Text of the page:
The government of a low-lying island nation is considering the construction of a seawall to protect its capital and economic hub from the rising seas brought on by climate change. The length and expense of the project depends on how high the wall needs to be — 3 feet? Four?
A wall that's too high would be needlessly expensive and intrusive. One that is too low would make the effort to protect the soon-to-be inundated city in vain, sapping resources that could have been put toward other preventative measures. Doing nothing could be disastrous.
Policymakers such as those in that island nation have little room for error when it comes to responding to the climate crisis. Yet they must take specific measures based on numerous projections of the Earth's future climate that are drawn from the work of thousands of researchers around the world. Political leaders may be left to wonder how all that work was vetted and condensed — and who exactly put in the work, in order to have confidence in the result.
For that reason, a group of preeminent climate scientists have evaluated the consequences of the most recent projections from the world's foremost climate-science organization, the Intergovernmental Panel on Climate Change (IPCC), as to how the impact of climate change would be felt if Earth's temperature rises to more than 2 degrees Celsius (3.6 degrees Fahrenheit) above preindustrial levels. Their aim was to elucidate the inevitable expert judgments that go into an assessment of such a sprawling and uncertain aspect of science.
In a report published Jan. 4 in the journal Nature Climate Change, the researchers examine the scientific work and expert judgments that went into the five-part framework — known as "reasons for concern" — the IPCC used to gauge the potential ecological, social, economic and meteorological repercussions of climate change. The scientists examined the framework from the IPCC Fifth Assessment Report released in October 2014. The IPCC, which is under the auspices of the United Nations, periodically evaluates the current and potential effects of climate change based on thousands of scientific studies. Its analyses are published for policymakers and the public as "assessment reports."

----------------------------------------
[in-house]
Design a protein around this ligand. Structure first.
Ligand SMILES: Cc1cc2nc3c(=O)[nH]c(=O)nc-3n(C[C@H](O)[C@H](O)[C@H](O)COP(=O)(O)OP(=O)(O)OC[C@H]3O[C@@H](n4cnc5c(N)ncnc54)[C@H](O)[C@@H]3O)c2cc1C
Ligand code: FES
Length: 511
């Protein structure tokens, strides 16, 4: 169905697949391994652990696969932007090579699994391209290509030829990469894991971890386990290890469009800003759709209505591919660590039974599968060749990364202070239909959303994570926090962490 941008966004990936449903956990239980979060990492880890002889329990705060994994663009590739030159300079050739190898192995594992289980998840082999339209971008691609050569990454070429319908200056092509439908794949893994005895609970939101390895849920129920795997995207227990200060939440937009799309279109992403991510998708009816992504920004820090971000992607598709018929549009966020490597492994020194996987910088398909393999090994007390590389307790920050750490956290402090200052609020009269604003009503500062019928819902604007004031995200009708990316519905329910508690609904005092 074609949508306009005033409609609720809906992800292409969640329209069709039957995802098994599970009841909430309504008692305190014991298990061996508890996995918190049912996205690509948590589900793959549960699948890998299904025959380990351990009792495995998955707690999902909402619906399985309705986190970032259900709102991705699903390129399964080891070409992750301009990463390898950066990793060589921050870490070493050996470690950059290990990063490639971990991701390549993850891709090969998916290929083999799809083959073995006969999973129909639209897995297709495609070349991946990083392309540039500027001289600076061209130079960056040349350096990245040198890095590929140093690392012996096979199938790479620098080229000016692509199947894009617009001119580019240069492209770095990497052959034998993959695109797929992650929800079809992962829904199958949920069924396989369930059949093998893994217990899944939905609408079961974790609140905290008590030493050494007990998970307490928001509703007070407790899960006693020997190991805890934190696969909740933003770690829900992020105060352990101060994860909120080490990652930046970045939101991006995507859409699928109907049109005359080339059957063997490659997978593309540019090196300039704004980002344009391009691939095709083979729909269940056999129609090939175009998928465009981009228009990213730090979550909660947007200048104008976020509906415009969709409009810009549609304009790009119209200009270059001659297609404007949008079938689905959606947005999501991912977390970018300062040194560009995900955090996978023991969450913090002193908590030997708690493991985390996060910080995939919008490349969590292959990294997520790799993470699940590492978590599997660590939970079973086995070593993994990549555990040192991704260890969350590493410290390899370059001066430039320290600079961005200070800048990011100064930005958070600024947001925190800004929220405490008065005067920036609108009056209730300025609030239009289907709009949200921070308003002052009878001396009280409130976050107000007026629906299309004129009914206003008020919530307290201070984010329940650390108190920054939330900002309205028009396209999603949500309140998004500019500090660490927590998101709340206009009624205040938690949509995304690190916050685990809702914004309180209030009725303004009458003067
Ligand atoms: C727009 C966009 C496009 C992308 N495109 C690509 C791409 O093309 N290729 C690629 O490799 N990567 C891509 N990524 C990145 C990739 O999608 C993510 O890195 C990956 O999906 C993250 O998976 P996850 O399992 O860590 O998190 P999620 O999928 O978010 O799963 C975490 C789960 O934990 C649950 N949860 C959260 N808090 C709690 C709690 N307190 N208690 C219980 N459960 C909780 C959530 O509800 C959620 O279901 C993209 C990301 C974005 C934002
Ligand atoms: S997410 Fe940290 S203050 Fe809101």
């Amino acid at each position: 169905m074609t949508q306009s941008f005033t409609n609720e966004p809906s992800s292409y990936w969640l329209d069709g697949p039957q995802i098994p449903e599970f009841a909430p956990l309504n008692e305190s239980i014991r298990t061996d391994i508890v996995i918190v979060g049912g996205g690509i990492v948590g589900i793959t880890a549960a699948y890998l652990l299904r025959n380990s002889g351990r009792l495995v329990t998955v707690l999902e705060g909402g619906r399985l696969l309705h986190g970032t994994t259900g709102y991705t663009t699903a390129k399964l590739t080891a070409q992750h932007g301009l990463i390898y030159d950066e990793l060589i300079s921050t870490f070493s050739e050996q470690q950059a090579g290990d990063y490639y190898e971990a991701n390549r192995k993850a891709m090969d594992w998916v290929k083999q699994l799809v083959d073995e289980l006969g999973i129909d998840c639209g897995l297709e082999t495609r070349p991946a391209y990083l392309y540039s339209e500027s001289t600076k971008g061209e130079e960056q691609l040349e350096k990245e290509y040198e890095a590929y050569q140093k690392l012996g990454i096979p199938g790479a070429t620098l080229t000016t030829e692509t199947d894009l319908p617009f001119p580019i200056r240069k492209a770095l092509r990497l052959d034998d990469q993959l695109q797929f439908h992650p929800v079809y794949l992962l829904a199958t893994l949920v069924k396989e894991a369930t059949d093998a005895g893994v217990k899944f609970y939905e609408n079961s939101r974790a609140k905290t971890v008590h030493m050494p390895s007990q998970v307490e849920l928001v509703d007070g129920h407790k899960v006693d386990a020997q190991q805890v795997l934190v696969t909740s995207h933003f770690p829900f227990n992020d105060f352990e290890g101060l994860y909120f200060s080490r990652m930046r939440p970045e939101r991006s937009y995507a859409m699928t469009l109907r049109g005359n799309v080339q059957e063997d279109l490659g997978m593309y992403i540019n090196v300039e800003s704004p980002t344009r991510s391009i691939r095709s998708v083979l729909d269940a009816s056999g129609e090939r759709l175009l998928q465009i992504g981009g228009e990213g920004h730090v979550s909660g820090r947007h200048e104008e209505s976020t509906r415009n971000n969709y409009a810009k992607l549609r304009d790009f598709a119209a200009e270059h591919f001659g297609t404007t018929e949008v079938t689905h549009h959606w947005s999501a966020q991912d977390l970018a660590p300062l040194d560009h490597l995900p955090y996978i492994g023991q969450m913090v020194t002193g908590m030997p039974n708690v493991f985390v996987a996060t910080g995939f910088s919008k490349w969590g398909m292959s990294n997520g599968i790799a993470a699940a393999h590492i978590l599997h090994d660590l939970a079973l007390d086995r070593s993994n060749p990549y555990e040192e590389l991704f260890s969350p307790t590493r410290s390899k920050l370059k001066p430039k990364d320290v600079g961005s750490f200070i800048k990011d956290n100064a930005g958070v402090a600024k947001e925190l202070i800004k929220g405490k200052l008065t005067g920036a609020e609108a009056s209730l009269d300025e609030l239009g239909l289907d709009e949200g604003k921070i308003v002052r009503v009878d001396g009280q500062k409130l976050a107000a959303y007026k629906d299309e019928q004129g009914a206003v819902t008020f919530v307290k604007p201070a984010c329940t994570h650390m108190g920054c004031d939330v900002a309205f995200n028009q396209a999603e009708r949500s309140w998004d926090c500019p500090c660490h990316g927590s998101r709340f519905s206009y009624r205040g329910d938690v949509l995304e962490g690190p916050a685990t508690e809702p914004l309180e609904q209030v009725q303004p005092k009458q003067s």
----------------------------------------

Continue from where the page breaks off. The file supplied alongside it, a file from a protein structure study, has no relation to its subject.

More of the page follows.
The researchers found that even when they updated the report with findings from the past two years, and identified the limitations in how the report was initially compiled, the judgments by and large remained valid.
Transparency in the name of more effective policy was the driving force, said Michael Oppenheimer, second author of the paper and Princeton's Albert G. Milbank Professor of Geosciences and International Affairs and the Princeton Environmental Institute. Oppenheimer and his co-authors of the Nature Climate Change paper were all authors on the Fifth Assessment Report.